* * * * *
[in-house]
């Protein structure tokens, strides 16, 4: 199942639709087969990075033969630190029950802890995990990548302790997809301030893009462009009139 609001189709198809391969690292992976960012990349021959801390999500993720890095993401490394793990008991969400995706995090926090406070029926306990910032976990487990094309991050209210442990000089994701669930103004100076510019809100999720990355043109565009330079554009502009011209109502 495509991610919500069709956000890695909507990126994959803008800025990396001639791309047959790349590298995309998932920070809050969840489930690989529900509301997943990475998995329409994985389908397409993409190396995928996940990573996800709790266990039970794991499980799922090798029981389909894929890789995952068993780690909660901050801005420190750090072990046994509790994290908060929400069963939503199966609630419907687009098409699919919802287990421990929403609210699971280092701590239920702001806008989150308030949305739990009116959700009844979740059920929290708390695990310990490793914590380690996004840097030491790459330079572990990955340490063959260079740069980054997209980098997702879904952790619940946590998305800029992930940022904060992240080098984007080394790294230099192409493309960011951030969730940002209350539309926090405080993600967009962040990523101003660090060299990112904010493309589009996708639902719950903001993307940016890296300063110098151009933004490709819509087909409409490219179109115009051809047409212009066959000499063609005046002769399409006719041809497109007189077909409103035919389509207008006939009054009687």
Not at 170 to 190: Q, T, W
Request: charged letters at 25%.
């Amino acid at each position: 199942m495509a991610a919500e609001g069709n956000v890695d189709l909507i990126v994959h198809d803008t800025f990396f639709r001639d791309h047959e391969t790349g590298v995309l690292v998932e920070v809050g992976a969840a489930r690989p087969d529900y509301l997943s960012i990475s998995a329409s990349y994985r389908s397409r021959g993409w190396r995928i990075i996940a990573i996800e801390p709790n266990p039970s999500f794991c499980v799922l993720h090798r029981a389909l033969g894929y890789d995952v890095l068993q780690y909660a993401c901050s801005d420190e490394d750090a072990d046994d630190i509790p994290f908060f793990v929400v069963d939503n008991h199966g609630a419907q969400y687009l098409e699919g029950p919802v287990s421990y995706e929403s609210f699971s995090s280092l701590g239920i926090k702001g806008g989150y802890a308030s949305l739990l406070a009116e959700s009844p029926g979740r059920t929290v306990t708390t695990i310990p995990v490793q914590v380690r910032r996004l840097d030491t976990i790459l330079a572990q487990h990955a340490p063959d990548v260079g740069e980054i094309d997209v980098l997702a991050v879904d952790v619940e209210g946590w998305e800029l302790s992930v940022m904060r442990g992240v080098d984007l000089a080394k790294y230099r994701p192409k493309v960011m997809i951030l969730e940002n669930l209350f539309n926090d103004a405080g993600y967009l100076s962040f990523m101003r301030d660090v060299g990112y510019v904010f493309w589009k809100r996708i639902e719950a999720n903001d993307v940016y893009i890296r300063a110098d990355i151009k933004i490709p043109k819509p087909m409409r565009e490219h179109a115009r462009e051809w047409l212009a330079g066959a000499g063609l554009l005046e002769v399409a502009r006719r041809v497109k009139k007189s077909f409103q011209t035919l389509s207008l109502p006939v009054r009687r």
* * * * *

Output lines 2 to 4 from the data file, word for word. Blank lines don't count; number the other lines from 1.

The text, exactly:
């Protein structure tokens, strides 16, 4: 199942639709087969990075033969630190029950802890995990990548302790997809301030893009462009009139 609001189709198809391969690292992976960012990349021959801390999500993720890095993401490394793990008991969400995706995090926090406070029926306990910032976990487990094309991050209210442990000089994701669930103004100076510019809100999720990355043109565009330079554009502009011209109502 495509991610919500069709956000890695909507990126994959803008800025990396001639791309047959790349590298995309998932920070809050969840489930690989529900509301997943990475998995329409994985389908397409993409190396995928996940990573996800709790266990039970794991499980799922090798029981389909894929890789995952068993780690909660901050801005420190750090072990046994509790994290908060929400069963939503199966609630419907687009098409699919919802287990421990929403609210699971280092701590239920702001806008989150308030949305739990009116959700009844979740059920929290708390695990310990490793914590380690996004840097030491790459330079572990990955340490063959260079740069980054997209980098997702879904952790619940946590998305800029992930940022904060992240080098984007080394790294230099192409493309960011951030969730940002209350539309926090405080993600967009962040990523101003660090060299990112904010493309589009996708639902719950903001993307940016890296300063110098151009933004490709819509087909409409490219179109115009051809047409212009066959000499063609005046002769399409006719041809497109007189077909409103035919389509207008006939009054009687």
Not at 170 to 190: Q, T, W
Request: charged letters at 25%.